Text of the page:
This site is intended for healthcare professionals

Go to /sign-in page

You can view 5 more pages before signing in

Oily fish and coronary heart disease

Last reviewed dd mmm yyyy. Last edited dd mmm yyyy

Authoring team

The omega-3 fatty acids are long-chain polyunsaturated fatty acids. The parent fatty acid of this group is alpha-linolenic acid. This is an essential fatty acid that the body is unable to synthesise. In the human body linolenic acid can be converted to eicosapentaenoic acid (EPA) and docosahexaaenoic acid (DHA). Extracted fish oils and oily fish contain high levels of EPA and DHA. These compounds have been shown to decrease the production of compounds involved in thrombosis and inflammation. Fish oils also contain vitamin A and vitamin D.

  • there is evidence that the consumption of one portion of fish per week (preferably oily) probably reduces the risk of coronary heart disease

  • a randomised controlled trial involving 2,033 men who had recovered from a myocardial infarction found that advising men to eat oily fish led to a reduction in 2-year all-cause mortality of 29% compared to those not so advised (2)

  • also there is evidence that fish oil supplements probably do help patients with some inflammatory disorders such as rheumatoid arthritis and psoriasis. Also fish oil supplements are an effective treatment of hypertriglyceridaemia

  • a systematic review concluded that the evidence supports a role for fish oil or fish in secondary prevention, because the clinical trials have demonstrated a reduction in total mortality, CHD death, and sudden death (3)

  • a prospective randomised controlled trial (JELIS) was undertaken in Japanes patients and suggested benefit for use of omega 3 fatty acids in reducing the risk of cardiovascular disease (4):
    • 18 645 patients with a total cholesterol of 6.5 mmol/L or greater were recruited from local physicians throughout Japan between 1996 and 1999. Patients were randomly assigned to receive either 1800 mg of eicosapentaenoic acid (EPA) daily with statin (EPA group; n=9326) or statin only (controls; n=9319) with a 5-year follow-up
    • at mean follow-up of 4.6 years, we detected the primary endpoint in 262 (2.8%) patients in the EPA group and 324 (3.5%) in controls-a 19% relative reduction in major coronary events (p=0.011)
      • post-treatment LDL cholesterol concentrations decreased 25%, from 4.7 mmol/L in both groups. Serum LDL cholesterol was not a significant factor in a reduction of risk for major coronary events
      • in patients with a history of coronary artery disease who were given EPA treatment, major coronary events we. re reduced by 19% (secondary prevention subgroup: 158 [8.7%] in the EPA group vs 197 [10.7%] in the control group; p=0.048)
      • in patients with no history of coronary artery disease, EPA treatment reduced major coronary events by 18%, but this finding was not significant (104 [1.4%] in the EPA group vs 127 [1.7%] in the control group; p=0.132)
      • the authors concluded that EPA is a promising treatment for prevention of major coronary events, and especially non-fatal coronary events, in Japanese hypercholesterolaemic patients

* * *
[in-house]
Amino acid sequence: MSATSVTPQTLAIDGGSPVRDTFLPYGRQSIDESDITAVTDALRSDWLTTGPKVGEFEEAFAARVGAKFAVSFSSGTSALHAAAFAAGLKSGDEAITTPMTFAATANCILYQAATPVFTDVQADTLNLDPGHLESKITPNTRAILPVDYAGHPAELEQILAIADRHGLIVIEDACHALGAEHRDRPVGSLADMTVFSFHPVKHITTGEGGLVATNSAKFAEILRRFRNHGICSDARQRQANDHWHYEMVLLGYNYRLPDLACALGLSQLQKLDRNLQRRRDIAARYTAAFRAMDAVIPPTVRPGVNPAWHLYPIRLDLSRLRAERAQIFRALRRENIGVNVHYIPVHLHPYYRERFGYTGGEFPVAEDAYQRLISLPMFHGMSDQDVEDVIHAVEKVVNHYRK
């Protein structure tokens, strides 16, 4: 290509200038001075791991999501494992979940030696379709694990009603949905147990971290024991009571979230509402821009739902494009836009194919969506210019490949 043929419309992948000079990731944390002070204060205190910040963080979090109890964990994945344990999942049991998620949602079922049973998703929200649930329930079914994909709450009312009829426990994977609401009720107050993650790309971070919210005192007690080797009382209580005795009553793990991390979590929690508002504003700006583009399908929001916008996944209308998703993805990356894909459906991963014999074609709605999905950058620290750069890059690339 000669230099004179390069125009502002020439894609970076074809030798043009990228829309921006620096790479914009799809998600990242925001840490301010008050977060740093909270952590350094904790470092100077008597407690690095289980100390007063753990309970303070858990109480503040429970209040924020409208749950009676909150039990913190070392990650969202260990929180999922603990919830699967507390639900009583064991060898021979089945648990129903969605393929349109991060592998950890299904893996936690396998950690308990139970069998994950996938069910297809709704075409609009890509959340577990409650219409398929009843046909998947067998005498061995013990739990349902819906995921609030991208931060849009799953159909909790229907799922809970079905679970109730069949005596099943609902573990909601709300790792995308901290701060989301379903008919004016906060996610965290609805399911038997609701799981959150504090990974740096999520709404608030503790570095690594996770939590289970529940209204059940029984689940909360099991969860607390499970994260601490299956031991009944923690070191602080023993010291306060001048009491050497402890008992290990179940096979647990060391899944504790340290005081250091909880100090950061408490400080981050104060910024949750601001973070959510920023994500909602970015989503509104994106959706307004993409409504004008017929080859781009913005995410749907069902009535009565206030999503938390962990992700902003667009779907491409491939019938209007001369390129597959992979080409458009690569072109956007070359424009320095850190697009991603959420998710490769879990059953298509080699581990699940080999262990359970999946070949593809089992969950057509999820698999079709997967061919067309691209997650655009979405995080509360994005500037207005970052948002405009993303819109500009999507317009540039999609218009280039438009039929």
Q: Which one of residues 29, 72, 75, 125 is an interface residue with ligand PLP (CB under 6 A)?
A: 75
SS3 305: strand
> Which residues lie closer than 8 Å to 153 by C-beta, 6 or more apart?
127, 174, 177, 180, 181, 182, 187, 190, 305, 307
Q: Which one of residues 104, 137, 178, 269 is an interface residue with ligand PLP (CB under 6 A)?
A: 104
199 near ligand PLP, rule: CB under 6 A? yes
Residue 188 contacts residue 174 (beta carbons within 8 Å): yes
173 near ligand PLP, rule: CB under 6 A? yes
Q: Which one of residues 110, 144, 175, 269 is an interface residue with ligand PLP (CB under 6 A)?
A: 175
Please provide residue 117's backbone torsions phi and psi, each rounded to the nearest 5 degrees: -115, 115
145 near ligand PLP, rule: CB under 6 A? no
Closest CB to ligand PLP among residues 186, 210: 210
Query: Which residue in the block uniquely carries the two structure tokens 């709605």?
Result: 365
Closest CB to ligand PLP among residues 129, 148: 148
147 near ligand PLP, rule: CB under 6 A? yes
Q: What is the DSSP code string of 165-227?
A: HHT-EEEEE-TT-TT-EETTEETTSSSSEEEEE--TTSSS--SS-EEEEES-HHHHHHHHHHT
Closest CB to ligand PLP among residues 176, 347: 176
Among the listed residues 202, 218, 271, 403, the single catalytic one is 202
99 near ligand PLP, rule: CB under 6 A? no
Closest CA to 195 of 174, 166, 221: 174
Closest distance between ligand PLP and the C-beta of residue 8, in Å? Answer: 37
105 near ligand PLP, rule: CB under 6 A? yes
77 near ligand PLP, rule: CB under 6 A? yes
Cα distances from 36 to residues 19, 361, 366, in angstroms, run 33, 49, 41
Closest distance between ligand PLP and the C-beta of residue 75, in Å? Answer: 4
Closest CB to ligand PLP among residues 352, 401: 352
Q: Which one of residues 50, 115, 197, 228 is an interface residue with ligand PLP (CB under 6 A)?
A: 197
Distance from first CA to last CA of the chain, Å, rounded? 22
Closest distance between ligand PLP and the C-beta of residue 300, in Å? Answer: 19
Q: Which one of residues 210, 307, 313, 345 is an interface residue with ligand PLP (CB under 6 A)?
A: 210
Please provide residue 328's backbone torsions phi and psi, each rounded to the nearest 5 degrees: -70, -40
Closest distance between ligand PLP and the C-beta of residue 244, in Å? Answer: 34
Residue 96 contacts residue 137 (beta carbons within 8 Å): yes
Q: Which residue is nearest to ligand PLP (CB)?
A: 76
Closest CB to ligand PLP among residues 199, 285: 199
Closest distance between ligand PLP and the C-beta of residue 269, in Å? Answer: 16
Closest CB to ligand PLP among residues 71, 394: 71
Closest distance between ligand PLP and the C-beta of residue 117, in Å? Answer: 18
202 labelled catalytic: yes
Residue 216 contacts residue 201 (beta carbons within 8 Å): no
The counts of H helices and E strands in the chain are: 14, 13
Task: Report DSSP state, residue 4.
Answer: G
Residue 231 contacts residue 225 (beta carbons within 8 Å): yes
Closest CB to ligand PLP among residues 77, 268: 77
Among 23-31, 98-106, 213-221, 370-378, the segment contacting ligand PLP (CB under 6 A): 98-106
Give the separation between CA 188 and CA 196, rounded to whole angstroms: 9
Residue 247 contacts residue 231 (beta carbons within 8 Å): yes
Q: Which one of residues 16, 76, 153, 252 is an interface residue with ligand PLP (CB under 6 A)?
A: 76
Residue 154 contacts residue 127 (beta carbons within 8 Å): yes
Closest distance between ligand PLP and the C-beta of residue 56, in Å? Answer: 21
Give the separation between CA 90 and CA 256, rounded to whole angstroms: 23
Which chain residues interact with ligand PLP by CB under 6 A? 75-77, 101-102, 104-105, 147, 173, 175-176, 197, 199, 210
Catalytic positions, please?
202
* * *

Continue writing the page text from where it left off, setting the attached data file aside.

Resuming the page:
• the Reduction of Cardiovascular Events with Icosapent Ethyl-Intervention Trial (REDUCE-IT), has shown reduction in cardiovascular risk in patients using fish oil based supplements (5):
    • in 8179 high-risk patients who had elevated triglyceride levels and had been receiving statin therapy were randomly assigned to receive 2 g of icosapent ethyl (icosapent ethyl or ethyl eicosapentaenoic acid is a synthetic derivative of the omega-3 fatty acid eicosapentaenoic acid) twice daily or placebo containing mineral oil
    • patients were enrolled mostly on the basis of secondary prevention (71%), and almost 60% had diabetes
    • at baseline
      • low-density lipoprotein (LDL) cholesterol levels were well controlled among the patients (median value,1.94 mmol per liter [75.0 mg per deciliter]), and triglyceride levels were slightly elevated (median value, 2.44 mmol per liter, [216.0mg per deciliter])
    • after a median follow-up of 4.9 years
      • the primary efficacy end point (a composite of cardiovascular death, nonfatal myocardial infarction, nonfatal stroke, coronary revascularization, or unstable angina in a time-to-event analysis) was reported in 22.0% of the patients in the placebo group and in 17.2% of the patients in the icosapent ethyl group - a 25% lower risk in the icosapent ethyl group

A systematic review was undertaken (7):

  • to investigate the premise that mega-3 polyunsaturated fatty acids from oily fish (long-chain omega-3 (LCn3)), including eicosapentaenoic acid (EPA) and docosahexaenoic acid (DHA)), as well as from plants (alpha-linolenic acid (ALA)) may benefit cardiovascular health

  • as systematic review was undertaken to assess the effects of increased intake of fish- and plant-based omega-3 fats for all-cause mortality, cardiovascular events, adiposity and lipids
    • Moderate- and low-certainty evidence suggests that increasing LCn3 slightly reduces risk of coronary heart disease mortality and events, and reduces serum triglycerides
      (evidence mainly from supplement trials). Increasing ALA slightly reduces risk of cardiovascular events and arrhythmia


Related pages

Create an account to add page annotations

Annotations allow you to add information to this page that would be handy to have on hand during a consultation. E.g. a website or number. This information will always show when you visit this page.